Two scratched helmets and one face mask sit in James Carter’s office inside a south Georgia car dealership, relics of his son Tory’s football career. Decals on the helmets have chipped away, and cuts run deep across their hard plastic shells. The detached face mask rests below a glass LSU logo.
It looks to be in perfect condition — no exposed metal or missing rubber — until James points out its shape. The bars of steel across the top of the mask are bent.
Two years ago against Arkansas, Tory sprinted downfield on a kickoff. A fullback who also played special teams, he discarded one blocker. Tory barreled toward the returner, much like his father did three decades ago as a fullback and defensive end at Georgia Southern. High school teammates nicknamed James Carter "Wildman." They called his son "Widman 2.0."
With his blonde hair spilling over his shoulders, Tory approached Arkansas’ lead blocker, Gary Cross. As a fullback, Tory cleared holes. On kickoffs, he needed to take down the lead blocker for his teammates to finish the tackle.
Cross stepped forward to meet Tory, and Tory ran through him, a violent and ferocious smack that left Cross lying on the grass. Tory leapt up, and he raised both hands in the air.
“I got two bodies on that kickoff,” Tory said.
The hit dented Tory’s helmet and bent his face mask. He used a different helmet the rest of the game. James wanted the dented plastic as a souvenir, but LSU sent it to the manufacturer for examination. The school, James said, had never seen a helmet dent like that.
“It's supposed to flex,” James said.
LSU gave him the face mask instead.
Tory's intense style of play gained attention with that hit — a YouTube video replay has almost 7,000 views — and it reflects a traditional fullback. But as LSU adopts a new offense, Tory represents a dying position.
Fullbacks have disappeared in the college game as schools throughout the country adopted spread schemes based on passing. In 2010, Southeastern Conference rosters included 43 fullbacks. Five years ago, there were 24. This year, there are eight.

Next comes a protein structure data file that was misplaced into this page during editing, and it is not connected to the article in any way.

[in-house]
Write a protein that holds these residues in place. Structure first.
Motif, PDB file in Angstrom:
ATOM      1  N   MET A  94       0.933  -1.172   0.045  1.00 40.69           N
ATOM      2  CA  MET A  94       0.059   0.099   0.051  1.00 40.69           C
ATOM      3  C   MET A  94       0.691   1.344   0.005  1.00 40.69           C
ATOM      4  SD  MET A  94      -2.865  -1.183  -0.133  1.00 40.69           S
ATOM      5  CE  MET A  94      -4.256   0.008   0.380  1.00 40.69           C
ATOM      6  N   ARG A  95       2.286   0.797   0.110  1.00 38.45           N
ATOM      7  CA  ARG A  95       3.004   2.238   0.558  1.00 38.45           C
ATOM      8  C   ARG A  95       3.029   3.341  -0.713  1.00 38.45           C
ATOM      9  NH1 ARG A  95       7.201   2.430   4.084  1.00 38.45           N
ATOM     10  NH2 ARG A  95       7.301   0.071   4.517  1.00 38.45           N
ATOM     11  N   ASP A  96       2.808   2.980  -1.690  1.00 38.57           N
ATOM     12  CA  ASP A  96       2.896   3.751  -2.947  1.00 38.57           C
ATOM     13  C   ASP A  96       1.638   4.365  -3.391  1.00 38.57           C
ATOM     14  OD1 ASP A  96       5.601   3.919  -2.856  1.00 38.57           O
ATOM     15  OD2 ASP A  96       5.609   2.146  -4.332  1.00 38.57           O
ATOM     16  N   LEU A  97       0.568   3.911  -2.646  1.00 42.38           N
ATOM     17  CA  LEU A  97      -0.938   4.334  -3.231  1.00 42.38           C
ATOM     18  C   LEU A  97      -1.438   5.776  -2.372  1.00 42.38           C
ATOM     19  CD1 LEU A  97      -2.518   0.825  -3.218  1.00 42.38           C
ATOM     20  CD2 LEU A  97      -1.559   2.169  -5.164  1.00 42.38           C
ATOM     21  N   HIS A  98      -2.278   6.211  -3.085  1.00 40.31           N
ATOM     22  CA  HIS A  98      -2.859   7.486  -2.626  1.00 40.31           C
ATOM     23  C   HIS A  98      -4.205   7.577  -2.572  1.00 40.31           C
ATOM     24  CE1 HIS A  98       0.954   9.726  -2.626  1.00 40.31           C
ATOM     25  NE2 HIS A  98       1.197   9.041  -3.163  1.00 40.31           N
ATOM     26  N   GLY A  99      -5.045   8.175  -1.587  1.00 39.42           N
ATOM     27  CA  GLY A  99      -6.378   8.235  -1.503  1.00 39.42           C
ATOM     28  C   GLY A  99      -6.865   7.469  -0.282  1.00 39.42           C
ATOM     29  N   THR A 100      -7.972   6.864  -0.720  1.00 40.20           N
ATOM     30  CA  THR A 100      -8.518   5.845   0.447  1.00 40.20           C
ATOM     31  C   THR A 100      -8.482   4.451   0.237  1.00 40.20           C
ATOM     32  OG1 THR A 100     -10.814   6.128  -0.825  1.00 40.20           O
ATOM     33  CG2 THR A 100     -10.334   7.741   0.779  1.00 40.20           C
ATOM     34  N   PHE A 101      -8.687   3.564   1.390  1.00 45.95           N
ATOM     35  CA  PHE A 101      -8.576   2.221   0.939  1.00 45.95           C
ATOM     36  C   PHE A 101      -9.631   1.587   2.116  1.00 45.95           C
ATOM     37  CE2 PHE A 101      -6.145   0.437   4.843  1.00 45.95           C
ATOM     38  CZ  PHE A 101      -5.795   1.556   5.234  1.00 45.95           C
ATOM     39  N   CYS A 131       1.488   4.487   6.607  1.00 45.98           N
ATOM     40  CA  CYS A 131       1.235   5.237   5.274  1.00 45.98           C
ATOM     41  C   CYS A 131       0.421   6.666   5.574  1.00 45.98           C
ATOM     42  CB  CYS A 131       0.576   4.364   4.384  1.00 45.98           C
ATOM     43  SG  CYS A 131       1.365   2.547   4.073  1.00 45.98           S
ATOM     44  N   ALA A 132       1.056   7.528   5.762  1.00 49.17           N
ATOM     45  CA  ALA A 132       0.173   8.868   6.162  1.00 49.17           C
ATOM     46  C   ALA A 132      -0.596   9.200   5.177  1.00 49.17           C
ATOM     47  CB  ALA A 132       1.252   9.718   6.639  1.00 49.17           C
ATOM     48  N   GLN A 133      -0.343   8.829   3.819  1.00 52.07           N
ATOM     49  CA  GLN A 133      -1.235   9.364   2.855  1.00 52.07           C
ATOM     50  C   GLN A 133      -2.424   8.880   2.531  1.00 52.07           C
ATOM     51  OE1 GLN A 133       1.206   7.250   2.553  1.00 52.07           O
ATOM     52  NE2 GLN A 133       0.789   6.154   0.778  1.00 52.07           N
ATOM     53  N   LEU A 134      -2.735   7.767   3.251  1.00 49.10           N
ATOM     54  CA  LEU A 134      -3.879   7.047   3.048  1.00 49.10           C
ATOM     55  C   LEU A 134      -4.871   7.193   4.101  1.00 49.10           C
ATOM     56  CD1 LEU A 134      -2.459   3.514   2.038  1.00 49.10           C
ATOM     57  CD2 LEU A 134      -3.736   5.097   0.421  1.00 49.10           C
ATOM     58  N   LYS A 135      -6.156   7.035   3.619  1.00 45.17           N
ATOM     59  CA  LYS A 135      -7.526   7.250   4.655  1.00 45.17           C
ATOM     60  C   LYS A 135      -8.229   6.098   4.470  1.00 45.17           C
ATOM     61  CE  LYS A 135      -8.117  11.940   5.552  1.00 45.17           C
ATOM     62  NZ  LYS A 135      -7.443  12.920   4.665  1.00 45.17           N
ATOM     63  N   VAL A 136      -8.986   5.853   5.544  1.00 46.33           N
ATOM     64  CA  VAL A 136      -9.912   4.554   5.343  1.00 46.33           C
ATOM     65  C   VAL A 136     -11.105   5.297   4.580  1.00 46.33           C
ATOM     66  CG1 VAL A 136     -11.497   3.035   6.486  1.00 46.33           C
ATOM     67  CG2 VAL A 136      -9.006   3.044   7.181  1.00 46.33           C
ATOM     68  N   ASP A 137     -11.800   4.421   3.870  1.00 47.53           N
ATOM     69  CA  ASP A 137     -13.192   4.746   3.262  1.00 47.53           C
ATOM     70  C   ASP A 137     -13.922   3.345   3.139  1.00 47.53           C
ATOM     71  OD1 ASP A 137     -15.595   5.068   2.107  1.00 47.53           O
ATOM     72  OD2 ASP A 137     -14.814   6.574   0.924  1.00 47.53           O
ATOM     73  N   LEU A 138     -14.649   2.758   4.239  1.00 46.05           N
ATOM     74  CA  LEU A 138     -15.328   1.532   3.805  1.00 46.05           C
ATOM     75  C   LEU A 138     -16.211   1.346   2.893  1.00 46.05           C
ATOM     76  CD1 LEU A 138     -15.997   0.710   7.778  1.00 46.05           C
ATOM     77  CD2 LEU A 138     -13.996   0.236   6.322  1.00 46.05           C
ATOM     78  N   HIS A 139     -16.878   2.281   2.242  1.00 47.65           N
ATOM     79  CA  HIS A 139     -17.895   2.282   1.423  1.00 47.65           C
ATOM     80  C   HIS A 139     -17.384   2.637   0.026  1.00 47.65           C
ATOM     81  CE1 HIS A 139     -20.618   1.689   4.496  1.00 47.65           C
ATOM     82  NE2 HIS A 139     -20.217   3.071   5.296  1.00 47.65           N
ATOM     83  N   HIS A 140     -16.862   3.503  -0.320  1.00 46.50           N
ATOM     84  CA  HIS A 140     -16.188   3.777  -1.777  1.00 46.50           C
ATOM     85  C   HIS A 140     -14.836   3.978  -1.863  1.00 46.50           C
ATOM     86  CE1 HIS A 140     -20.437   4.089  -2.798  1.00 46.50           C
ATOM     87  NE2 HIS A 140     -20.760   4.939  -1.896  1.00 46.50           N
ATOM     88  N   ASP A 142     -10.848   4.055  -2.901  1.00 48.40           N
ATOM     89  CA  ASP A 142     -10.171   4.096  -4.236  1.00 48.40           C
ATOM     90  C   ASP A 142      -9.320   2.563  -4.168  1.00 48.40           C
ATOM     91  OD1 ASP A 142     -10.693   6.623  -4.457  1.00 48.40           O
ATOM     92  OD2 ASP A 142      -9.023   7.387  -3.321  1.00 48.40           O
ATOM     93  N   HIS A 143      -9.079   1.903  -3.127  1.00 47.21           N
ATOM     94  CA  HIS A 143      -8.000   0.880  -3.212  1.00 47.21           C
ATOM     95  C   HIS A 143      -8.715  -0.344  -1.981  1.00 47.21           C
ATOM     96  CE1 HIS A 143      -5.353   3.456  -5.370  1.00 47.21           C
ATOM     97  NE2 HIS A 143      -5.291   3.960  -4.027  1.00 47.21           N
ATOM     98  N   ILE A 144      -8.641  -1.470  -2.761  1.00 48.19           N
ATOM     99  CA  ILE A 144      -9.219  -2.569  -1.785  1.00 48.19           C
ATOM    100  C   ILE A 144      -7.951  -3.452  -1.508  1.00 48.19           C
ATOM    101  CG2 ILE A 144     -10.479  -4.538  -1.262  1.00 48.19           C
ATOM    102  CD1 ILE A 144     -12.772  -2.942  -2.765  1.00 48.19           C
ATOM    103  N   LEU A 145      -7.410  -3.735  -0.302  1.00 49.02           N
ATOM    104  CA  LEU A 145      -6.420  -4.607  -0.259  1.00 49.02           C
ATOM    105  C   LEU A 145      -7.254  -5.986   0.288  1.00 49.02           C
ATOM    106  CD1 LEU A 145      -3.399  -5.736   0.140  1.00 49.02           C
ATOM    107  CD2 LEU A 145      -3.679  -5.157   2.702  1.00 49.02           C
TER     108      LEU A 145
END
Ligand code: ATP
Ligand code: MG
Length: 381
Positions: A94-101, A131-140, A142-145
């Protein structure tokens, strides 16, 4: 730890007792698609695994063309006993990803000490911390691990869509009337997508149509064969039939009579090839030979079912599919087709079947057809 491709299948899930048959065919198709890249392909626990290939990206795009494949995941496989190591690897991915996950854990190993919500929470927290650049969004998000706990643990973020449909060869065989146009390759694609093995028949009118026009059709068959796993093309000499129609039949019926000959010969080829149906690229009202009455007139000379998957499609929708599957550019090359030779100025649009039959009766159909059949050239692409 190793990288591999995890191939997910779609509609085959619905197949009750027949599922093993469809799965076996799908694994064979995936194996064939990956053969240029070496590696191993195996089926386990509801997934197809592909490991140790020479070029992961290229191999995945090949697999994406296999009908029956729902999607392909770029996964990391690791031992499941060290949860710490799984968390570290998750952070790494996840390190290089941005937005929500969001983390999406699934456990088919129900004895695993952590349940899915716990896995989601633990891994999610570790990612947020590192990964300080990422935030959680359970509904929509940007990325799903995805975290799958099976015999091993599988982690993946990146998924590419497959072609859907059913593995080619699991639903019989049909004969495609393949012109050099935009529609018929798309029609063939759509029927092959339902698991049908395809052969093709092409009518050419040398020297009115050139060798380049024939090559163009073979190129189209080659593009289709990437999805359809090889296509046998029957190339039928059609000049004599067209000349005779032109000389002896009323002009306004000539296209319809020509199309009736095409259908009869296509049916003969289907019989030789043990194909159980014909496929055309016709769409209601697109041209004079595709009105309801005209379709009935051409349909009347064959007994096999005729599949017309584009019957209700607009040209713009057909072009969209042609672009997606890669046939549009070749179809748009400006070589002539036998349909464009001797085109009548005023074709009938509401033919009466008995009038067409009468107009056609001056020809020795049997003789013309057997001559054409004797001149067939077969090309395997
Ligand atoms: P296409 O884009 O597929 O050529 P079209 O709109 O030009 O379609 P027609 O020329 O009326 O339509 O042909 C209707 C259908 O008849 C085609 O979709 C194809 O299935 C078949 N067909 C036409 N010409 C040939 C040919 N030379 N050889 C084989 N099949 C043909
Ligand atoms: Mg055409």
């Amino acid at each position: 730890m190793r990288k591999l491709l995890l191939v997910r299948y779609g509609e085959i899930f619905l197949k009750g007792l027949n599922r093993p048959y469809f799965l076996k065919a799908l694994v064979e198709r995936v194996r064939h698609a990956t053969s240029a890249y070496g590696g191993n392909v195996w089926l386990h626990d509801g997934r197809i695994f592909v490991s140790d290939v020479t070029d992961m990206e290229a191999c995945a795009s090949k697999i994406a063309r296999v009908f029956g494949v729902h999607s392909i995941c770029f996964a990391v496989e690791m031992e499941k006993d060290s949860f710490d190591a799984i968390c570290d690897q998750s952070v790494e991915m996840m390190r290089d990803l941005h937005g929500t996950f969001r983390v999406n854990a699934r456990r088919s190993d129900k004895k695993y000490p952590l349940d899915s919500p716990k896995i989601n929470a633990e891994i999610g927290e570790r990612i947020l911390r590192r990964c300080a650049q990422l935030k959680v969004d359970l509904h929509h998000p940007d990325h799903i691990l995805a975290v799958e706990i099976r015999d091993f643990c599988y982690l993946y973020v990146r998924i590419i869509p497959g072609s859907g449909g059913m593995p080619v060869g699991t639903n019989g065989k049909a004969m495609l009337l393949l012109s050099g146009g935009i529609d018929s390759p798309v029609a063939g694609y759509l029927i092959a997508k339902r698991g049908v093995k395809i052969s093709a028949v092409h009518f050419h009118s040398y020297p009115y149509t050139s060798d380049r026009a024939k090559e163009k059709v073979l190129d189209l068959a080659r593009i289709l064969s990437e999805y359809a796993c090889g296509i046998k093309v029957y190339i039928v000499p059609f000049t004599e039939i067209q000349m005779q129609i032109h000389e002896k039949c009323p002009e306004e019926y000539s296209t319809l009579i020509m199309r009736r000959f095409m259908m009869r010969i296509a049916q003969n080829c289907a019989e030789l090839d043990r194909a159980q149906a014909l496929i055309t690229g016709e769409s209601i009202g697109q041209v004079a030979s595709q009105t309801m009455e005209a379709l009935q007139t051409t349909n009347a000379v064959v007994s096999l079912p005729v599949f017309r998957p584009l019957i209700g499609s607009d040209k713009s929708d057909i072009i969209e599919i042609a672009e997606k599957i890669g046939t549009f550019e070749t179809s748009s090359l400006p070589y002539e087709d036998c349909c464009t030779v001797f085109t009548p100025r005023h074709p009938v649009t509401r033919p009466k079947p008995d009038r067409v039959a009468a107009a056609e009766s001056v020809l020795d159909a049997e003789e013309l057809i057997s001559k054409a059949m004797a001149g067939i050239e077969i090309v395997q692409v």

Missouri has not listed a fullback on its roster the past 10 years. Ole Miss, Tennessee and Georgia — a longtime Power-I team — dropped the position. They recruited tight ends instead.
While the rest of the game discarded the position, LSU clung to its fullbacks. The Tigers averaged 5.4 fullbacks on their roster per year over the past decade. But after last season, LSU installed a run-pass option scheme. The Tigers adopted the spread, and now, they sometimes line up five wide receivers during practice.
LSU was one of the last holdouts for fullbacks in college football, a school that used the position frequently in an I-formation. This year, it has one fullback listed on the roster: Tory Carter.
“He could be the last fullback,” said Jacob Hester, an LSU fullback from 2004-2005. “Tory's a guy who I can see being the last in his mold, and not only at LSU.”
• • •
Fullbacks have existed since the beginning of football. They became an essential piece of running offenses, human battering rams who cleared holes in the defense without regard for glory or health.
Fullbacks have sometimes led their team in rushing, like Hall of Famer Larry Csonka with the Dolphins, or caught passes, but mostly they have crouched between the quarterback and running back. They’ve run through the middle of the offensive line at the snap of the ball, blocking linemen, linebackers or safeties — whoever fills the hole.
“Nobody notices you,” James Carter said, “unless you drive them all the way out and dump them on their back.”
Fullbacks once drew fame. As Hester grew up in northeast Louisiana, he idolized NFL fullbacks like Tom Rathman, Daryl “Moose” Johnston, Merril Hoge and Mike Alstott. They made him want to play the position.
"Now," Hester said, "you don't have anything close to that."
In 2004, Hester joined LSU as a fullback. He played the position for two years, converted to running back, then played fullback again in the NFL, blocking his rookie year for future Hall of Famer LaDainian Tomlinson.
The sport moved toward spread offenses during Hester’s career. By 2013, after five years in the league, Hester got released by the Denver Broncos. His agent soon called him.